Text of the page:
How to reduce allergies caused by poor indoor air quality
How do you alleviate allergy and asthma symptoms? Well, the answer begins at home, specifically with poor indoor air quality. In places like Ohio, allergies often originate indoors – especially during springtime, when pollen and mold counts are higher. Better air quality within you home can significantly reduce allergy and asthma triggers.
What are allergens?
Allergens are things that cause allergic reactions and/or trigger asthma symptoms. Allergens are often airborne and spread throughout the air before settling onto surfaces, such as furniture and floors.
The main sources of allergens within the home include:
- Pets (dander)
- Wall-to-wall carpet (that collects and holds onto allergens and often isn’t cleaned often enough or properly)
- Soft furniture
- Stuffed toys
- Pillows & Bedding (that aren’t replaced or washed often enough)
- Indoor plants (that aren’t dusted regularly)
- Mattresses (that aren’t covered in allergy-reduced sheets)
There are a few ways you can reduce allergies caused by poor indoor air quality
- Control and reduce your contact with indoor allergens
- Keep your indoor living areas well-ventilated
- Use air purifiers and filters to help clean indoor air as it circulates through your home
What about air purifiers?
Air purifiers are known to help reduce allergens and improve indoor air quality, but the best course of action is to get rid of sources of allergens and irritants and increase the flow of outdoor air into your home.
You also want to reduce humidity within your home, as well. Decreasing humidity levels will help eliminate mold growth and reduce the number of dust mites within your home (remember: dust mites are attracted to moisture). Air conditioners are a great solution to improving air flow and reducing humidity. While you want air circulation throughout your home, it’s better to use your HVAC system to do this instead of leaving your doors and windows open – allowing even more allergens to enter.
Speaking of your HVAC system, you should also ensure you’ve recently changed the air filter.
Going from winter into spring, you should change out your air filter to ensure it’s doing its job of filtering and trapping particles – keeping them from blowing throughout your home.
Other steps to take to reduce allergies
Dust mite control
It’s spring so you should be using this time to clean. The surfaces within your home should be cleaned and remain uncluttered. Opt for bare walls and floors – at least within your bedroom (where you spend ⅓ of your time on average, at home). If you have wall-to-wall carpet, it may be time to consider doing a home update and getting rid of the carpeting. If you absolutely must have carpet (to protect flooring from children, pets, or guests), use low-pile carpets or throw rugs that are capable of being thrown into the laundry to get washed every so often. Another way to reduce allergen and dust mite build up is to get rid of heavy drapes and replace them with roll-down shades or easy-to-wash curtains.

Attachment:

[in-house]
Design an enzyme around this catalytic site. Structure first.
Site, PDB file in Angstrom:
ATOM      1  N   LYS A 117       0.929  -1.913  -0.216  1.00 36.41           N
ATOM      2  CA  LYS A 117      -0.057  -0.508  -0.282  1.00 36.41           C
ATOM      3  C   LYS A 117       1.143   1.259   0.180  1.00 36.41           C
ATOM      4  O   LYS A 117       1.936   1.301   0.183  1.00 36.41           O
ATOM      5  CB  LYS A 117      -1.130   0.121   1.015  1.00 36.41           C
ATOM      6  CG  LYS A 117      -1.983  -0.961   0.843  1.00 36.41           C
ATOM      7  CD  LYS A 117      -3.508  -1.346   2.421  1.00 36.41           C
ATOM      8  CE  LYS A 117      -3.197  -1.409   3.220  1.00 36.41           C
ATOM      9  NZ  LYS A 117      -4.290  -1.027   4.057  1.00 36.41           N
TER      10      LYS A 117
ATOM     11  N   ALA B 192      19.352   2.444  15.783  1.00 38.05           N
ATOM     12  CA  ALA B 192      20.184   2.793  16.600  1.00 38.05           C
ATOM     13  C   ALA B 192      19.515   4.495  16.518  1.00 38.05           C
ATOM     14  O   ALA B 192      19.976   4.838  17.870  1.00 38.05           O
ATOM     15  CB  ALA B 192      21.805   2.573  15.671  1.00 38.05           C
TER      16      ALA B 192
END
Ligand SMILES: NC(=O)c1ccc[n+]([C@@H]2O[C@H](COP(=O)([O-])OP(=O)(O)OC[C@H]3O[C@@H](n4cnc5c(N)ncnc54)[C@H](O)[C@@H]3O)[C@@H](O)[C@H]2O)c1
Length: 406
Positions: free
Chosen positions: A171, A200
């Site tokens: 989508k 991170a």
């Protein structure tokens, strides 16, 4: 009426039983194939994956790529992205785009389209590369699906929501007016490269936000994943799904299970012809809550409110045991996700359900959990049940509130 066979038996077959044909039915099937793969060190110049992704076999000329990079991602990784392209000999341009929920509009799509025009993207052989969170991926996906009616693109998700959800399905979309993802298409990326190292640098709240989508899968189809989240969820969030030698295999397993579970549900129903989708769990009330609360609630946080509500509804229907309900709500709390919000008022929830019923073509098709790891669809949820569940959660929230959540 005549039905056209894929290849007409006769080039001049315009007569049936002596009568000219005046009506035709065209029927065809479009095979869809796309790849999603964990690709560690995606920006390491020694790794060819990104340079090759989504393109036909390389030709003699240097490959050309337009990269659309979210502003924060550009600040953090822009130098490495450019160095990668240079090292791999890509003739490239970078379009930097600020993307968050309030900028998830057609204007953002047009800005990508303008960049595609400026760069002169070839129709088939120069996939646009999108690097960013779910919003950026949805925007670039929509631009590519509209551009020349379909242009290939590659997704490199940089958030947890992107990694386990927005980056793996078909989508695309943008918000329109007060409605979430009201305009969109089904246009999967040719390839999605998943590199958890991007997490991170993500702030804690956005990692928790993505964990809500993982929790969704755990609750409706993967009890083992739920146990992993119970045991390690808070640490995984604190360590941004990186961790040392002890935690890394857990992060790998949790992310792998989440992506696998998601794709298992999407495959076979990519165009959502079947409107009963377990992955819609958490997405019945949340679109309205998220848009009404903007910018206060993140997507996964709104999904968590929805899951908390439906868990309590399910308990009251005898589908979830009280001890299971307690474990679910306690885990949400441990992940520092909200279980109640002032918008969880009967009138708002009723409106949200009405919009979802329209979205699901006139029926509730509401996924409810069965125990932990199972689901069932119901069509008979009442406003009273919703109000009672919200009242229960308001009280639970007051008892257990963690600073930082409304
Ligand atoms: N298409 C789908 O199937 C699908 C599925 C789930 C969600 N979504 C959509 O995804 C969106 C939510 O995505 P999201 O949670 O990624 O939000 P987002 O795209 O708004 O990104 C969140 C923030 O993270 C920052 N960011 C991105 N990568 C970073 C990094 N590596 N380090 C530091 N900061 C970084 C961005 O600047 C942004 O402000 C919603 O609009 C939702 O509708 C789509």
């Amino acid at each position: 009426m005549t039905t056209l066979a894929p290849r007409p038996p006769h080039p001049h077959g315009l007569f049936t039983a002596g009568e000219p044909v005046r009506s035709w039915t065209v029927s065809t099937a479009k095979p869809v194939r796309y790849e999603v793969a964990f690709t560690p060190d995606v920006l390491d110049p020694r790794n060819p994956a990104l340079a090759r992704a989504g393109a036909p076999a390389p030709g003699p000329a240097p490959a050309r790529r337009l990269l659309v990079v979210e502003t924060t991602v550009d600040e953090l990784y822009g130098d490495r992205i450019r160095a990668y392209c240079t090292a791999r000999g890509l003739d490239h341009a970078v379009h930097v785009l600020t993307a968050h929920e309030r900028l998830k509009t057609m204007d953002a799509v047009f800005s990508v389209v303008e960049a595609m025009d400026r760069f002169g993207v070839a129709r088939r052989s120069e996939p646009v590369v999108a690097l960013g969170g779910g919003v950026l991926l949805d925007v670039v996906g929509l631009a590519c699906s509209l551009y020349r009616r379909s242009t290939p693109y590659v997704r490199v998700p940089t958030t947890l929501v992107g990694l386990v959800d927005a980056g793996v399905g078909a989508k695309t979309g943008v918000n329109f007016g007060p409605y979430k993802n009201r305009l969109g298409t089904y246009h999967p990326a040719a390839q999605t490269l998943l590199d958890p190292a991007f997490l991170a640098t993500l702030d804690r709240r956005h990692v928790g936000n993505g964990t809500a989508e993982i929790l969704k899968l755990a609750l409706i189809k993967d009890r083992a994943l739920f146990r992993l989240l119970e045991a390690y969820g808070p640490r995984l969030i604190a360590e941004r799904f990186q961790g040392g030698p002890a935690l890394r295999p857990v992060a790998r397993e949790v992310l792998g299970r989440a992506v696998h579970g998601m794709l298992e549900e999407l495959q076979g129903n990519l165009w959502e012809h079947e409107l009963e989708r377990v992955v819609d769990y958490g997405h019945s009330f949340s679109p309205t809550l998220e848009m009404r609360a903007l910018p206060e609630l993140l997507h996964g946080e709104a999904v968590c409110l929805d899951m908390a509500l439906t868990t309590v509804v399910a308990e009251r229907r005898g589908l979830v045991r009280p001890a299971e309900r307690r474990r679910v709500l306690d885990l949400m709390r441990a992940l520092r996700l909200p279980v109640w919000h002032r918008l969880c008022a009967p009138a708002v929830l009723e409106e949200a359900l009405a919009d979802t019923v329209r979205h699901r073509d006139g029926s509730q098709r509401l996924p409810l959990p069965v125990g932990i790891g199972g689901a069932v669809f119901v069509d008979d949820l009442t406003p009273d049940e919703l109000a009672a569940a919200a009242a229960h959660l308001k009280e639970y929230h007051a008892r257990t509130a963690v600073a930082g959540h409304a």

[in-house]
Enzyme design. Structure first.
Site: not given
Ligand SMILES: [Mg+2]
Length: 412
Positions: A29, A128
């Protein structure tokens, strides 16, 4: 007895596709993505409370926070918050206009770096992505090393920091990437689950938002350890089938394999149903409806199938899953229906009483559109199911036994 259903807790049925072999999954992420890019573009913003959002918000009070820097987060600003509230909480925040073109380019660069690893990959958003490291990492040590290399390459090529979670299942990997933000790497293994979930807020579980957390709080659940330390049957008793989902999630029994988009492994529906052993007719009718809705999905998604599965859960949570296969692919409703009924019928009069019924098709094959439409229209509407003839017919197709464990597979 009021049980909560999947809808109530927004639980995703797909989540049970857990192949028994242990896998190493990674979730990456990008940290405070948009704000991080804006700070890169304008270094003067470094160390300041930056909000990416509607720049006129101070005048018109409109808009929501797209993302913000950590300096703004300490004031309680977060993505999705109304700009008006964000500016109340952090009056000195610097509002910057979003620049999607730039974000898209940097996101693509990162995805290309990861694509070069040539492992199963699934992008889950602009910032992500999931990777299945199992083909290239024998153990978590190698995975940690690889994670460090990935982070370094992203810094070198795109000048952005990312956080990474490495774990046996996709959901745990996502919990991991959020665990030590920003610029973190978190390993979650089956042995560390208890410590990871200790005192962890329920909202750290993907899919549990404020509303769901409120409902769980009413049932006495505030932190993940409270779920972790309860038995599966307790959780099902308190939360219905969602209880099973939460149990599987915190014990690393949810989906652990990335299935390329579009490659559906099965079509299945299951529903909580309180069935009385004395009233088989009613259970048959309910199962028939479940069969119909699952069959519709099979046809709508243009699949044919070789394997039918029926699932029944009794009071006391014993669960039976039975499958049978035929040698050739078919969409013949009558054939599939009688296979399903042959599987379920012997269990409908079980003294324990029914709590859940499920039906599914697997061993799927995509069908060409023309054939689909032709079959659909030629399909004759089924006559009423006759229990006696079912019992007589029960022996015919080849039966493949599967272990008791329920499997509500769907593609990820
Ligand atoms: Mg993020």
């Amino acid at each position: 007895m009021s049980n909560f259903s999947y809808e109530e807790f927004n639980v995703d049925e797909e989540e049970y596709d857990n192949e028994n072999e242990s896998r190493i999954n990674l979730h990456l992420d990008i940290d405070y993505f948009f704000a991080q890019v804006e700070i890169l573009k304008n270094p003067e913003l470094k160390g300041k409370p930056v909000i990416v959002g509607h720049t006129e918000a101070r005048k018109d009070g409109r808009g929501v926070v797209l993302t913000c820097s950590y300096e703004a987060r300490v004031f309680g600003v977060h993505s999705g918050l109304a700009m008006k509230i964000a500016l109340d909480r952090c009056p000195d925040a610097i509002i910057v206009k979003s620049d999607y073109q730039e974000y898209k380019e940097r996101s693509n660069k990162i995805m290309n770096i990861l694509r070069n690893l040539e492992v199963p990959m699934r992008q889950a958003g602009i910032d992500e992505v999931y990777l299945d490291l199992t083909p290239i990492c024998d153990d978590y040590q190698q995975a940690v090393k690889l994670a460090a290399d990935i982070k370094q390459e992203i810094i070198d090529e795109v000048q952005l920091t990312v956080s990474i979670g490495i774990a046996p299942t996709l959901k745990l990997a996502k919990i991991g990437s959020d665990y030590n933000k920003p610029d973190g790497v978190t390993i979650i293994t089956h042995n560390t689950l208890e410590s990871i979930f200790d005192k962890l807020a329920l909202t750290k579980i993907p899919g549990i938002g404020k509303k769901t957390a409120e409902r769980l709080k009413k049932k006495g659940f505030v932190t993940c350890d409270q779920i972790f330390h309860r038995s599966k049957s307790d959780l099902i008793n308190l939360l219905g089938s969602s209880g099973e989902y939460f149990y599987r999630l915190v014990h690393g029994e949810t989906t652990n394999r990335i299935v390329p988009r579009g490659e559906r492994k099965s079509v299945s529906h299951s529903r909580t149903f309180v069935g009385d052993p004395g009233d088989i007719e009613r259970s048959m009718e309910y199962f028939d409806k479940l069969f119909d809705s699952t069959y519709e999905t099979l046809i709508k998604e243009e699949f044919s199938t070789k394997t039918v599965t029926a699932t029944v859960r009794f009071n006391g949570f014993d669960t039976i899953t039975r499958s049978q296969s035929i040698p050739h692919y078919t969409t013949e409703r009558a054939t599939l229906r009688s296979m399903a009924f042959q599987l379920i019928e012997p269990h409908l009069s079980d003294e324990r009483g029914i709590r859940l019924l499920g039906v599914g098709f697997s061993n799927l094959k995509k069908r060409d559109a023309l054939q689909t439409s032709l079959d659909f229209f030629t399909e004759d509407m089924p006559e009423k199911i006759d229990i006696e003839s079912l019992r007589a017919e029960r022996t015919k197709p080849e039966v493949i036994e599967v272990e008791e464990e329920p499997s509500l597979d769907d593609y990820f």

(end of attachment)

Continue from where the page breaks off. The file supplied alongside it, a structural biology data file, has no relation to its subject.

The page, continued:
Look for allergen-resistant or plastic covers for your pillows and mattresses. These covers are super effective against dust mites and are great at reducing allergy symptoms. For the rest of you bedding, make sure to wash your covers and sheets in hot water (130+ degrees Fahrenheit) each week, then send them through a hot dryer cycle to kill any dust mites that might be present on/in them.
Vacuum at least once a week
Vacuuming is another effective way at keeping allergens controlled, but only if your using a vacuum that is designed to keep from pushing allergens and dust back into the air. If you’re especially prone to allergies, wear a dust mask when cleaning. Use a damp cloth or rag that is treated with polish when dusting. If you’re especially sensitive, leave your house for a few hours after cleaning it so that the disturbance of dust and allergens from cleaning doesn’t trigger allergy or asthma symptoms.
Reduce pet dander
While you may love your furry best friend, he/she may be unintentionally causing your grief. And while many doctors suggest that allergy-sufferers avoid keeping pets, there are ways to combat pet dander. Keep your pets out of your bedroom (and do not let them on your bed!). If your pet is crate trained and allowed to wander through your home while you’re away, keep your bedroom doors closed to keep your pet out. Just like your own bedding, you also want to keep your furry friends bedding clean, too. Wash and change out your pets furniture and toys often (opt for plastic/rubber-based toys instead of plushies or ropes).
Prevent pollen from getting inside
The best way to prevent pollen from entering your home is to keep doors and windows shut at all times. This means using fans and air conditioning in the warmer months to keep cool while controlling dust mites and keeping humidity levels down. Also make sure to change out your filters often.
Reducing mold spore buildup
Mold is attracted to moisture so it’s important to keep in mind the moisture that typically builds up in the bathroom, kitchen, and other areas around your home (like the basement or attic) where there tends to be water/condensation. Here are a few ways to help ensure mold doesn’t start growing rampantly:
- Don’t run your shower before bathing (only turn it on long enough to get the water warm, then hop in)
- Use dehumidifiers and humidity monitors
- Keep your houseplant count to a minimum (mold spores can build up on damp soil)
- Repair leaks that are causing dampness
- If you notice mold on a surface area, immediately clean it and continually check said surface each week to ensure the mold isn’t returning (clean as often as needed).
Need more information about improving poor indoor air quality within your home and protecting your family against allergens? Contact our HVAC team to learn more!